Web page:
It involves many meticulously researched European cities including correctly spelled street names and homes that display how apartments looked in the “old continent” under the Soviet regime. Today, all are furnished with inexpensive, widely available, IKEA furniture that must be self-assembled.
The author incorporates deftly cell phones and computers into the prose and enlightens how the profession, if one can call it that, has changed. It is up to the reader to decide for good or bad.
The plot starts in the U S A and goes overseas to Germany, Moldova, Switzerland, and ends in Italy.
For anyone who likes spy novels, it is a must read. It keeps the reader intellectually stimulated, and revealas a lot of spying and spy agency details that are normally not in the public domain.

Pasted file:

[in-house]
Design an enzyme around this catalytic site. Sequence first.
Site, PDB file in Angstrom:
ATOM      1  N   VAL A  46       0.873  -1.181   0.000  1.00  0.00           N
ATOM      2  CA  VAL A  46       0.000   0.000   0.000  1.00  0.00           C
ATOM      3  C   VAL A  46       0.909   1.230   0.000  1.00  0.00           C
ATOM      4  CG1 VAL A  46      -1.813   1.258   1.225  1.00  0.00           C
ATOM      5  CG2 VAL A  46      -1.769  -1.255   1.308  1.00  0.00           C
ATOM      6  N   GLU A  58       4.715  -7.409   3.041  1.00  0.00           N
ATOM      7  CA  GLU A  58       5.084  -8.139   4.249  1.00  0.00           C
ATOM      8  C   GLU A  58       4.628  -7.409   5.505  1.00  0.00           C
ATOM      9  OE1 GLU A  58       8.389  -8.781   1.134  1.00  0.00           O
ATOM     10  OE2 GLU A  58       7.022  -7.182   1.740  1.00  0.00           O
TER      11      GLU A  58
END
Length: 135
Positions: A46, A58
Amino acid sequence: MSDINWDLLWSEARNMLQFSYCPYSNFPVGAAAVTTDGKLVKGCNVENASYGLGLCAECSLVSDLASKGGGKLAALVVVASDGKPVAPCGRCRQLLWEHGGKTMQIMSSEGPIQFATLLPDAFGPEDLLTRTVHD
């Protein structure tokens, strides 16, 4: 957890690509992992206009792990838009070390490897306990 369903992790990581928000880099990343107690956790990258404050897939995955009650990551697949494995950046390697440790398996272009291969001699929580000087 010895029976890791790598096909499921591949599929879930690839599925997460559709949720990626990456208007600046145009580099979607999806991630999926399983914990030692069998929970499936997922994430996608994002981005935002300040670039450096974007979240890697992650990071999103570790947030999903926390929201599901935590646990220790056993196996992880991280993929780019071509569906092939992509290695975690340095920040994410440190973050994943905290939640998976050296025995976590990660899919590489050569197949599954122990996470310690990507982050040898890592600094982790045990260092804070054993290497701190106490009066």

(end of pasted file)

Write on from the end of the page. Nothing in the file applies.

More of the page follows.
If you want to know at least one CIA (Central Intelligence Agency) department works, then read The Nearest Exit, and for those interested to know how the BND (Bundesnachrichtendienst), the German equivalent of the CIA, functions, this book tells it all.